You can listen to recordings from the staff information sessions on the proposed variation to the Enterprise Agreement. Sessions were held on Thursday 11Friday 12 and Monday 15 June 2020.  

How much money will ANU save by deferring the July 2020 pay rise?

Should the Commission endorse the deferral, we will be able to save approximately $6.75 million this year and $13.5 million over 12 months.

Will staff be asked to take leave, such as annual leave or long service leave?

Yes, we already do this annually and have done so since 2013. It is a good and healthy practice to take a break from the workplace and it also helps us manage our cash flow. However, no additional measures are planned.

Will I be able to keep working remotely, or part-time, or continue my flexible arrangements?

We are committed to a flexible and fair workplace. We will continue to support staff to discuss their circumstances with their supervisors and put in place Individual Flexibility Agreements and Home Based Work agreements. These agreements have no impact on job security.

Will the University seek to renegotiate another variation to the current Enterprise Agreement. 

No final decision on this has been made. Any new Enterprise Agreement will need to be agreed to by staff.

Why hasn't the University shared the 2019 Annual Report as a further tool to help the community understand University finances?

The Annual Report will not become a public document until it is tabled in parliament. As we do every year, we'll make it available as soon as it is tabled.

What is the University doing to address the budget situation?

The Senior Management Group has endorsed and the University Leadership Group has reviewed the ANU Financial Health Strategy including the need for expenditure control for 2020-2022.

What has been agreed is that the University must adopt an Expenditure Control Framework for financial management. In practice, this means that each College and Portfolio area will be given an overall savings target and each Dean and Portfolio Head will be responsible for working with their Schools and Divisions to determine the most appropriate way to achieve these savings. There is no one size fits all solution to our financial situation, so we are ensuring that Deans, Directors and Portfolio Heads continue to be empowered to make decisions relevant to their context.

However, the overall strategy recognises that implementing expenditure control alone will not enable a financially sustainable future. Strategic discussions about revenue generation and University priorities will be a key topic for the Senior Management Group throughout the year. All decisions taken will be focussed on ensuring the University continues as one of the best universities in the world.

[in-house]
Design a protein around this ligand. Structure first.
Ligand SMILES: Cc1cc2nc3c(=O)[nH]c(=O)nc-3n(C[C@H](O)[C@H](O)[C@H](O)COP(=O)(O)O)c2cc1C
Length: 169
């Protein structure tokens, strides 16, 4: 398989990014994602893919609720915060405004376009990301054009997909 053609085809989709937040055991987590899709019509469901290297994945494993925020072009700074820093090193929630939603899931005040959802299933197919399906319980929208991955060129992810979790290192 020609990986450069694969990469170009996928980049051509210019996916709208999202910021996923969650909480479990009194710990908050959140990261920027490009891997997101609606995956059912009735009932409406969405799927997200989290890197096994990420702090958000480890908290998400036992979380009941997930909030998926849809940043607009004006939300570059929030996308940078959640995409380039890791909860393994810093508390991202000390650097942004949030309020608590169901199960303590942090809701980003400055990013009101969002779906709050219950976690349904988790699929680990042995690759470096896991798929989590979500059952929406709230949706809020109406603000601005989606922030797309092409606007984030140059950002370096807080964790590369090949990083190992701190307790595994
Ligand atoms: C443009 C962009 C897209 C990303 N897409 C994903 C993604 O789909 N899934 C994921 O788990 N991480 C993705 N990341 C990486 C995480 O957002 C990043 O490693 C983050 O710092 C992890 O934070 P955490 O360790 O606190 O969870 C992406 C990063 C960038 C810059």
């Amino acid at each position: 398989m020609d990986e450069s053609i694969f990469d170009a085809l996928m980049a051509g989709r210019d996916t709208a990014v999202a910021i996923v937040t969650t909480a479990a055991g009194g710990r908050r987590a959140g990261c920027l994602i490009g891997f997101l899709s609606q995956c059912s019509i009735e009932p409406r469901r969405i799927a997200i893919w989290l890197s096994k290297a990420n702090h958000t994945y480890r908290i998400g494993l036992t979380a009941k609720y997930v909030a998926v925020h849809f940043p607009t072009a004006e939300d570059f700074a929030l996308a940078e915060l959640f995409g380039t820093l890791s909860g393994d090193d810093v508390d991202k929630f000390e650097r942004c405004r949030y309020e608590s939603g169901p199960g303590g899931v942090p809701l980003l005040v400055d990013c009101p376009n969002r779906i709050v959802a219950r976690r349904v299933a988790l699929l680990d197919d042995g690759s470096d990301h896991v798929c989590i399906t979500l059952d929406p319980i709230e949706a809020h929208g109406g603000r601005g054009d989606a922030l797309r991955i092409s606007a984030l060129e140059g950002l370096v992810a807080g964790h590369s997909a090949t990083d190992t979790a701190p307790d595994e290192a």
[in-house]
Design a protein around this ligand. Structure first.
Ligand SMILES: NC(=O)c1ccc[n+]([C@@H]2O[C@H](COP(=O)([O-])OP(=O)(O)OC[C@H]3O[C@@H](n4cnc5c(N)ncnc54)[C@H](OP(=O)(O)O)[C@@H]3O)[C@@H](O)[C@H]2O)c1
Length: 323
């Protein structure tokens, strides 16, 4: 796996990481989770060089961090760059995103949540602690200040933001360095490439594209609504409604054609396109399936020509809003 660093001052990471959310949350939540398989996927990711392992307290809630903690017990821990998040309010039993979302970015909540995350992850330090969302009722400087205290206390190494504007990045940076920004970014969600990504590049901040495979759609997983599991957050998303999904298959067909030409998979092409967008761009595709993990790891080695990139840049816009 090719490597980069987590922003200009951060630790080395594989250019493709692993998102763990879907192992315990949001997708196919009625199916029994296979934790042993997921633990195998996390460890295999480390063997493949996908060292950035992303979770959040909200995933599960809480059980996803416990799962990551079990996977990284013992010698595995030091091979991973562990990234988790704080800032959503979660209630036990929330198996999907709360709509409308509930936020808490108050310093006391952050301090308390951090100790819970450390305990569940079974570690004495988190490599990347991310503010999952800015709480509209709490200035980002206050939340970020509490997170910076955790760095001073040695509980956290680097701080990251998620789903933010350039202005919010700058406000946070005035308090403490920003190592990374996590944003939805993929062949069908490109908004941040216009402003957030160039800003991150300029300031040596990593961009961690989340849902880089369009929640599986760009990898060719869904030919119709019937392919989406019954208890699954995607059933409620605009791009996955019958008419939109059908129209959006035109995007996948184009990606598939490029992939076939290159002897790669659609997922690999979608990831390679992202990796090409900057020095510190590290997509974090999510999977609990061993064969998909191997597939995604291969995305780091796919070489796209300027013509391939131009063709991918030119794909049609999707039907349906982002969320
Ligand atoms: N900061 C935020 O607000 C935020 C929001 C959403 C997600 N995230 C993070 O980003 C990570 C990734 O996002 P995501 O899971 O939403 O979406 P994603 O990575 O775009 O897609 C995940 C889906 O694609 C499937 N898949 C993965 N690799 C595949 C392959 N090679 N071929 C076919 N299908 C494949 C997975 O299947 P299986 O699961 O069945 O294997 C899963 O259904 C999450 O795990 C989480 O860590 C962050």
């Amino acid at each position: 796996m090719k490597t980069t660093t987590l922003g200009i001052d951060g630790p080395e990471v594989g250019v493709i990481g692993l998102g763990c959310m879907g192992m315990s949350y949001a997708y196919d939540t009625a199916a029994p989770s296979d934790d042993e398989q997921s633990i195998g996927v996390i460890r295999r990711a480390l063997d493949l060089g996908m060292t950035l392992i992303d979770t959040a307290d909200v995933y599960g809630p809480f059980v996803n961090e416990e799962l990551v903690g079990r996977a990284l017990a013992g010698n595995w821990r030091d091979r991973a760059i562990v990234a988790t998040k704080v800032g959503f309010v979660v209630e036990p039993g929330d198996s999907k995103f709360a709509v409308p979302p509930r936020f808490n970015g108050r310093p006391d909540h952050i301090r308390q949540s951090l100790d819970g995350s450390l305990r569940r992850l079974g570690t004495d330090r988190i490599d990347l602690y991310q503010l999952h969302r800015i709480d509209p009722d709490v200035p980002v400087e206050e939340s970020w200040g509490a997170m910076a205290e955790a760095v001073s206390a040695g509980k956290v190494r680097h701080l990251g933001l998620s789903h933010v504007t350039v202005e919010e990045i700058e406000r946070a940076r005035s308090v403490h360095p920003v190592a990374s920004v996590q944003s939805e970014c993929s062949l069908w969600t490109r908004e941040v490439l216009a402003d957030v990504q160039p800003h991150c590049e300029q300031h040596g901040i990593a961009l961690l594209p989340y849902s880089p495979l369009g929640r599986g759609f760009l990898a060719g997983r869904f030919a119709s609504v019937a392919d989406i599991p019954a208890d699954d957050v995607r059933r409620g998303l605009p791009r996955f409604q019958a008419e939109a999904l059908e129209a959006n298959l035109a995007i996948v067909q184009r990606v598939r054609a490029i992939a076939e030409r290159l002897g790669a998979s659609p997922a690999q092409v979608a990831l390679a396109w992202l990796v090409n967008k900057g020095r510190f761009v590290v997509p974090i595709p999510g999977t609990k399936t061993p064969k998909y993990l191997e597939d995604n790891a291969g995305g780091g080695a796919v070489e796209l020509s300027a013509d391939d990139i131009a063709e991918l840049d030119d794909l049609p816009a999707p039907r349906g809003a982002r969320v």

We are in discussions with the Australian government to ensure the higher education system, and the national university, are fit for purpose in the post COVID-19 world. We are looking to expand our domestic student intake during the likely surge for demand in the next 10 years, and we will increase our postgraduate offerings. For some time, we have been actively putting in place strategies that seek to diversify our international recruitment, and that work is continuing.

On the research side, we are exploring relationships with corporations for joint research initiatives and are working with government on key public policy areas such as the COVID-19 response and climate change adaptation.

We are also working with philanthropists to help support our research and invest in Australian students' education at the national university.

What sorts of decisions will be made locally? 

Each College Dean and Portfolio Head is accountable for the allocation of the funding within their area. We are looking to you to help us generate cost-saving ideas. However, based on our consultations to date the types of decisions being made locally are likely to include:

  • Cancelling some memberships and subscriptions
  • Exploring lower cost options for academic collaboration and networking (eg limiting travel to conferences)  
  • Delaying high-value outlays such as major equipment purchases
  • Reducing the use of, and spending limits on, purchase cards to ensure probity in expenditure processes
  • Pausing local-level funding schemes for research programs and requiring additional approval for professional development expenditure 
  • Reducing the frequency of, or changing the model, for public and social events
  • Reducing or phasing out low value international partnerships
  • Reconsidering sponsorship arrangements
  • Investigating better procurement practices to ensure better value for money, eg preferred supplier contracts for travel

In addition to the current hiring pause, we would expect increased scrutiny on workforce decisions - such as the continuation or extension of casual and fixed-term contracts, and the replacement of vacancies occurring through resignations and the renewal of loadings.